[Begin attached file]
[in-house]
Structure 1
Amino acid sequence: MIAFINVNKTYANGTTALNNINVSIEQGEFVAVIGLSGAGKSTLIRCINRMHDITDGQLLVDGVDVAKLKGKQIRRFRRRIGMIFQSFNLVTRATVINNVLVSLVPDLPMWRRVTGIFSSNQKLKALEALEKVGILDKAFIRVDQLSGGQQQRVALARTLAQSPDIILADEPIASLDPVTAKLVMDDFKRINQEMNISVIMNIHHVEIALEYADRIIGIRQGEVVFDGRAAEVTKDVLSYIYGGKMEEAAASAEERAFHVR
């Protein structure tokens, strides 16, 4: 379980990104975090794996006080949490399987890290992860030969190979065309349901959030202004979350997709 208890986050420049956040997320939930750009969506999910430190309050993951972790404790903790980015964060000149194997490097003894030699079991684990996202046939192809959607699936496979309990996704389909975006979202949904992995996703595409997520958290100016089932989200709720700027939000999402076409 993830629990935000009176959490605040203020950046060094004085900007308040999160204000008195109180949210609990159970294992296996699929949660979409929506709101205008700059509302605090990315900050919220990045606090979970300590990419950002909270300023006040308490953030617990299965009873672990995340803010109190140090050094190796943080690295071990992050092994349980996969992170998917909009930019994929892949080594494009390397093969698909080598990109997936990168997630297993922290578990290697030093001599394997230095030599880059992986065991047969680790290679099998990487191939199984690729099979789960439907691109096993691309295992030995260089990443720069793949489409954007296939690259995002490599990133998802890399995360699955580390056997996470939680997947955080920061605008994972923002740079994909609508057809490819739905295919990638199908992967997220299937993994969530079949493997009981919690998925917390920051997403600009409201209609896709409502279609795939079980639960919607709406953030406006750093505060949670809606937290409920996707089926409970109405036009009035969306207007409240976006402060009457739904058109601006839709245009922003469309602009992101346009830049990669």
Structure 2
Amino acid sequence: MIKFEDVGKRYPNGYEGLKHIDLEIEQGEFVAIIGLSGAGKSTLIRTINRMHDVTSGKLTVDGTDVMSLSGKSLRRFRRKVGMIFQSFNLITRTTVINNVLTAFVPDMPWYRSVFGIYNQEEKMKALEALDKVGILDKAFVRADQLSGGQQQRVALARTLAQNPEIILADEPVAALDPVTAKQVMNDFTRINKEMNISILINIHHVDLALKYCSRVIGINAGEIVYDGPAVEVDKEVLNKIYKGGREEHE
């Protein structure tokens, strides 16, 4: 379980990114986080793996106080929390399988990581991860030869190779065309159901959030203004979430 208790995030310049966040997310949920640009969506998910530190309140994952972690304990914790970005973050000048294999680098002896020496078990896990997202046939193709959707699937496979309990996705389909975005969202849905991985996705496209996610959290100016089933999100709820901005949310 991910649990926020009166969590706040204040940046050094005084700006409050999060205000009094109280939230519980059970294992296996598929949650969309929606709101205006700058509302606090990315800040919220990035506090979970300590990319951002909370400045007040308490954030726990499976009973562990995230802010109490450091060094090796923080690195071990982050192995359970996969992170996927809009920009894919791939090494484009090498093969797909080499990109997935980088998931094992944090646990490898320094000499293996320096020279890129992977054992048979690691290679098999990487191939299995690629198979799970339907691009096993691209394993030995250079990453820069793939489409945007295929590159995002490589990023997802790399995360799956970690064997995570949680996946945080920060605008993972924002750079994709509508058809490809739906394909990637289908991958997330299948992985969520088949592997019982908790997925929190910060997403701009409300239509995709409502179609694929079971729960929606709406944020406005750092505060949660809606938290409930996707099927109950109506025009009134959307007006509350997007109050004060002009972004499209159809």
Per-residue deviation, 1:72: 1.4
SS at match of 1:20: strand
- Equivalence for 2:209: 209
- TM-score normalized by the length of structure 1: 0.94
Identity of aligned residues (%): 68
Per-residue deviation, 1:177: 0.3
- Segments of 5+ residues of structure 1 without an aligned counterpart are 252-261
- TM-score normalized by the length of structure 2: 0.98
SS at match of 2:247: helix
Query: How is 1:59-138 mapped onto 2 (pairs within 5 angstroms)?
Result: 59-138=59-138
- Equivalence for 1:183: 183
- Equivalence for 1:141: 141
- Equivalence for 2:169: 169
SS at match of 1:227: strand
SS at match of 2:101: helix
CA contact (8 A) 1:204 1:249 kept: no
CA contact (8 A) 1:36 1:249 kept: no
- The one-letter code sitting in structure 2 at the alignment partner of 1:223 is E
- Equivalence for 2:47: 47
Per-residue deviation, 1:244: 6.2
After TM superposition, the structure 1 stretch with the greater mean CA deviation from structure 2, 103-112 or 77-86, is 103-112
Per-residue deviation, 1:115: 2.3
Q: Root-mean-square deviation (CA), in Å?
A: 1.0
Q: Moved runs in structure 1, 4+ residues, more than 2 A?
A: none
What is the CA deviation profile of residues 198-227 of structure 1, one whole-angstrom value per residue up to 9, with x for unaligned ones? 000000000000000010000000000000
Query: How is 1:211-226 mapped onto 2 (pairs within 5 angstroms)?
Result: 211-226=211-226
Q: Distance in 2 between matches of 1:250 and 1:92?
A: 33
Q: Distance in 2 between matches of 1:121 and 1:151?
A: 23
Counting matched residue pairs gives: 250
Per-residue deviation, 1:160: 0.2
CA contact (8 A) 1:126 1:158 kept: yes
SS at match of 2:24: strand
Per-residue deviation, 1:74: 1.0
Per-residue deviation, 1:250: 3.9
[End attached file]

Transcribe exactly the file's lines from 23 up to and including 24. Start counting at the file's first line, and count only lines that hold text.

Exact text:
SS at match of 2:101: helix
CA contact (8 A) 1:204 1:249 kept: no